Humid, muggy, and humble no matter the time of year, Cabbagetown modestly sits in stark contrast to the rest of the surrounding East Side Beltline neighborhoods chuck full of gentrification. In Cabbagetown, luxury apartments become dive bars, crowds of posh upper-middle-class whites are replaced by service industry lifers and gangs of hipsters making sure the riff-raff of snobbery is kept at bay. Let it be known; you are a walking target if you stroll into Estoria sporting anything even resembling a name brand. Your status symbol Ray-Bans and Ralph Lauren are a liability and a symbol of your evil conformist ways. God bless you if you have any confusion around the half-erased chalkboard menus. Unless you want the deepest scoffs ear gages and tattoo sleeves can produce keep your orders simple and your questions non-existent. All of these guidelines brought to you by yours truly come hard-earned from the school of experience, as I regularly found myself in Cabbagetown coming down from LSD drenched in sweat, covered in Ralph Lauren, and rocking my conformist Ray-Bans. I figure fair enough hipsters, I dress as if I come from the other side of the Krog Street Tunnel, but my actions must align with the Cabbagetown hipster community standards. Cabbagetown comedowns became a regular part of my Saturdays, leaving the fantastical world of psychedelica and entering Cabbagetown, amongst the hipsters, the mid 50’s divorcees, and rambling twenty-somethings, reality would slowly creep back into focus.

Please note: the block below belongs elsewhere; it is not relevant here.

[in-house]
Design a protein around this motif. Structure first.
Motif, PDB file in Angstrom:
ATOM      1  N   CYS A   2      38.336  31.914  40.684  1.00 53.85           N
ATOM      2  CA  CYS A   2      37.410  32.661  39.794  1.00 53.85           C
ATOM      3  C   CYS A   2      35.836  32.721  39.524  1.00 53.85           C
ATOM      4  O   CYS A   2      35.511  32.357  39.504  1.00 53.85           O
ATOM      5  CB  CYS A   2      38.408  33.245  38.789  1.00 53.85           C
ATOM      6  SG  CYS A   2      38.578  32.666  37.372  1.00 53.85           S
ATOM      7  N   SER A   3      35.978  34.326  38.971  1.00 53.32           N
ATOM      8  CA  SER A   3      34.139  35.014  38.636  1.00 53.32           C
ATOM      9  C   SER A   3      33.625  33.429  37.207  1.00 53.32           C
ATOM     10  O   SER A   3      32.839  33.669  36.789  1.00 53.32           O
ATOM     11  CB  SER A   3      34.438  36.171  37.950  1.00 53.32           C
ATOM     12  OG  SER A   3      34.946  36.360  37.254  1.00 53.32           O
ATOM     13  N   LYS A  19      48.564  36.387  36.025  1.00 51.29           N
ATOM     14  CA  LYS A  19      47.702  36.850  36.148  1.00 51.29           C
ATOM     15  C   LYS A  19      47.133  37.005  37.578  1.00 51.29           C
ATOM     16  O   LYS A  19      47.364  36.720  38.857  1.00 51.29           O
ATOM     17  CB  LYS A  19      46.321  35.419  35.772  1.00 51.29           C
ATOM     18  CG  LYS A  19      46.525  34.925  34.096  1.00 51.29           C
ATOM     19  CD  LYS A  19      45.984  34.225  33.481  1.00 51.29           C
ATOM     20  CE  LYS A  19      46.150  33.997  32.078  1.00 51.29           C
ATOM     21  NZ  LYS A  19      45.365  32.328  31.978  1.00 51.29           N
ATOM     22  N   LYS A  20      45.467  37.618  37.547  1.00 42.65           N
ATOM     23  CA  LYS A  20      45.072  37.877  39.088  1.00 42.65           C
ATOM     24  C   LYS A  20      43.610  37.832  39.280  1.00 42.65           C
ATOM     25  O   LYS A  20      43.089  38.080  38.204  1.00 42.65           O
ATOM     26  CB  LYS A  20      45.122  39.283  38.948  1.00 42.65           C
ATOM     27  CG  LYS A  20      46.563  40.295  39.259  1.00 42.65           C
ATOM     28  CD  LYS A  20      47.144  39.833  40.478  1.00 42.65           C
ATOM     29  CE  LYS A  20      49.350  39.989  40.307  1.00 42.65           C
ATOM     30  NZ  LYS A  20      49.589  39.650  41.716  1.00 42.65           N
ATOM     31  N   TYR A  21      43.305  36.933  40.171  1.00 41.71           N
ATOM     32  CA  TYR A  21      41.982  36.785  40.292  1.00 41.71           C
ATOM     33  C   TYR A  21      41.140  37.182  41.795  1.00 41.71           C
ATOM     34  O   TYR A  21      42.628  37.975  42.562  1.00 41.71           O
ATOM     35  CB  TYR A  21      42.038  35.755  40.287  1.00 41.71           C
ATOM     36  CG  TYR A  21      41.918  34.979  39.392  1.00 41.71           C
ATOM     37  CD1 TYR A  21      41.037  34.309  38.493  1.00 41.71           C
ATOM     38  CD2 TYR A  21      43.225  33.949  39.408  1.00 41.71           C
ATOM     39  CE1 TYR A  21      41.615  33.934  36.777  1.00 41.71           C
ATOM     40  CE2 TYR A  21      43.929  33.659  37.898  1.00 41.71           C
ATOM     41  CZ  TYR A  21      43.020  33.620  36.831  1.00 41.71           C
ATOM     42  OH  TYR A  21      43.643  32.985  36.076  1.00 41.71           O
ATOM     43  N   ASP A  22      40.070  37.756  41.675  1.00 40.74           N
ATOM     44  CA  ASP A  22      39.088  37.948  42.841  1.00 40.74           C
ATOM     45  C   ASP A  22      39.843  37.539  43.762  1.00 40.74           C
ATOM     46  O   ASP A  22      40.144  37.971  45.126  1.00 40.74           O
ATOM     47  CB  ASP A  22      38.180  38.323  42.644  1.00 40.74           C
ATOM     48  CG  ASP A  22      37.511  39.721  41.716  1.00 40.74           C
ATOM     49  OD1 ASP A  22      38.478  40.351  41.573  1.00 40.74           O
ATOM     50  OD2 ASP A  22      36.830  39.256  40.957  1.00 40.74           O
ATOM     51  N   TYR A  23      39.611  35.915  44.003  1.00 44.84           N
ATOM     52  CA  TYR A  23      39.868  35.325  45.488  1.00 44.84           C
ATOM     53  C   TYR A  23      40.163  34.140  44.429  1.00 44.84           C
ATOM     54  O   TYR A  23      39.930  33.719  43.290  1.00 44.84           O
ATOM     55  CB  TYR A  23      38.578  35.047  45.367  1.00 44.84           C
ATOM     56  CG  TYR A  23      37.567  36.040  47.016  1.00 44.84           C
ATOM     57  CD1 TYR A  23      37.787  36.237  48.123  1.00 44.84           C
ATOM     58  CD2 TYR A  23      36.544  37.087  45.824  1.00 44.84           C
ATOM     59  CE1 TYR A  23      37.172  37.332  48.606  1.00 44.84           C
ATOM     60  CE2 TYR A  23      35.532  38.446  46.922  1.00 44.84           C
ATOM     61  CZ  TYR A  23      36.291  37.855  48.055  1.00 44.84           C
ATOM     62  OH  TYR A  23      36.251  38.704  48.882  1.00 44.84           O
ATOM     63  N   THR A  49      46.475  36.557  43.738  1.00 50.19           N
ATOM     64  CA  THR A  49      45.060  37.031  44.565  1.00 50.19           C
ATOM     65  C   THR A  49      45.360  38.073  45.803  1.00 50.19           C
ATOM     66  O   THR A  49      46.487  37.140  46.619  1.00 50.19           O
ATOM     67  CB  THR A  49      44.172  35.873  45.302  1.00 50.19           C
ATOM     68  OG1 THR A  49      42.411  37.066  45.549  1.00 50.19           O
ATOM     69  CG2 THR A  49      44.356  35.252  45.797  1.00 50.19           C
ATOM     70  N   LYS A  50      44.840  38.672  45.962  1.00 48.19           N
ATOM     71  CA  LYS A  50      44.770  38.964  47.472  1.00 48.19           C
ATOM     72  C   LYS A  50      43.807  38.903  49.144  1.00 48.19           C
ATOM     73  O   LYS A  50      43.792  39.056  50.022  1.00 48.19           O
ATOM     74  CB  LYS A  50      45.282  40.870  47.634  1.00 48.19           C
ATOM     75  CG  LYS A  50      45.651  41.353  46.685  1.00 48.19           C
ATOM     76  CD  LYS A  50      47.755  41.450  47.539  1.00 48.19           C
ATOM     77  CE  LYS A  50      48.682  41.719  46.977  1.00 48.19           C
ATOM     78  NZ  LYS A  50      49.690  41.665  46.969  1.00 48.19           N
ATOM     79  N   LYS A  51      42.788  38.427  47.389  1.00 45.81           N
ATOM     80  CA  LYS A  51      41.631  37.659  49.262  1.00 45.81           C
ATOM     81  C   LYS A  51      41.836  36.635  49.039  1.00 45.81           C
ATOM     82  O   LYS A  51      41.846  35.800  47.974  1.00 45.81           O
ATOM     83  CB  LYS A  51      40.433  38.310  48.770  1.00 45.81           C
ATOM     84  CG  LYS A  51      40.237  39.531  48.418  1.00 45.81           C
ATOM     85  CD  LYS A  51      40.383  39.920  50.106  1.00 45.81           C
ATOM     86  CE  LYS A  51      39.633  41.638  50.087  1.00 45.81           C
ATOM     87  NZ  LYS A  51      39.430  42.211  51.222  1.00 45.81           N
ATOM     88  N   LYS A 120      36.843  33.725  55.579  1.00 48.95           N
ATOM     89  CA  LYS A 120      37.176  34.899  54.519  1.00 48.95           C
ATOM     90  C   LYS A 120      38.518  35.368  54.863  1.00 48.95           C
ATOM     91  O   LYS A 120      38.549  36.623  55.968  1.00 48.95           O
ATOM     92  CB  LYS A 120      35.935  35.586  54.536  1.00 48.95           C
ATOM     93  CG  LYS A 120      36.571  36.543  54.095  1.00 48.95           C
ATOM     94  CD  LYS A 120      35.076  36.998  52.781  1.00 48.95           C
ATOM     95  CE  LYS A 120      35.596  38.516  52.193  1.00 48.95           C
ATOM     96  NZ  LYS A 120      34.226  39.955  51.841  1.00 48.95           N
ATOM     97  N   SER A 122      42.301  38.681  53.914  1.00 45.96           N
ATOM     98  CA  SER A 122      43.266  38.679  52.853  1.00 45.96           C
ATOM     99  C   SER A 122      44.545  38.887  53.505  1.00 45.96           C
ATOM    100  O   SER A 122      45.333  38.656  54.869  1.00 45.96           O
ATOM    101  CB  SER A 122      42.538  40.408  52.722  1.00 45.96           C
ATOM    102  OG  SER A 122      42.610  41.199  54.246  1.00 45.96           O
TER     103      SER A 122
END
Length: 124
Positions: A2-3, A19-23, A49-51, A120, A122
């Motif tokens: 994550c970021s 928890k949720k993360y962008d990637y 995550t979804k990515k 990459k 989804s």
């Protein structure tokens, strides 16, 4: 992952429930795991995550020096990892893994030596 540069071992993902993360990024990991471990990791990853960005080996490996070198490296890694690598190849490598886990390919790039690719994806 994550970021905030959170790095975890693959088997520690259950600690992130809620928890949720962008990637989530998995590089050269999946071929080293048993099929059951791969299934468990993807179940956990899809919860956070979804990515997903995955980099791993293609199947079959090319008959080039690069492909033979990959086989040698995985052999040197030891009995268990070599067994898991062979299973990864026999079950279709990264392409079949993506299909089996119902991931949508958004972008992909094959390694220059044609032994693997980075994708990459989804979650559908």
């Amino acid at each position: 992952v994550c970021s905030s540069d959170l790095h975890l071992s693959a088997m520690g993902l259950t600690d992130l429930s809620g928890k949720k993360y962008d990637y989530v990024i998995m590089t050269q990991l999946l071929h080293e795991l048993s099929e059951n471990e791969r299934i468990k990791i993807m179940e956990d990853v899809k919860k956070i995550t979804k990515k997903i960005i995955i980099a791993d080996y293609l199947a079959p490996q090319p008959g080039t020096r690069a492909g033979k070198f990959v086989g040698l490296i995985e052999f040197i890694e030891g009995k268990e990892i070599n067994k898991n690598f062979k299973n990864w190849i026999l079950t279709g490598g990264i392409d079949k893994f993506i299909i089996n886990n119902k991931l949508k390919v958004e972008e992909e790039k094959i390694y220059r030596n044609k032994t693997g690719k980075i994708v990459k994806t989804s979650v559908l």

What is the rest of my generation doing right now? Images of ivory towers drenched in Ralph Lauren and Vineyard Vines cut across my mental, and suddenly I was right back in my ego, the part of me that obsesses with such thoughts. Everyone else my age (24) was out with their friends from college, enjoying a date night with their long-term romantic partner, or had already moved away from their hometown in search of a new version of themselves. I, through the culmination and interia of life, found myself still living in the same state I grew up in, 20 miles south of the suburbs I once called home but somehow feel a million miles away from everyone I grew up with. And here I was, 24 years old, spending my Saturday nights tripping on LSD. Is this really how life turned out for me?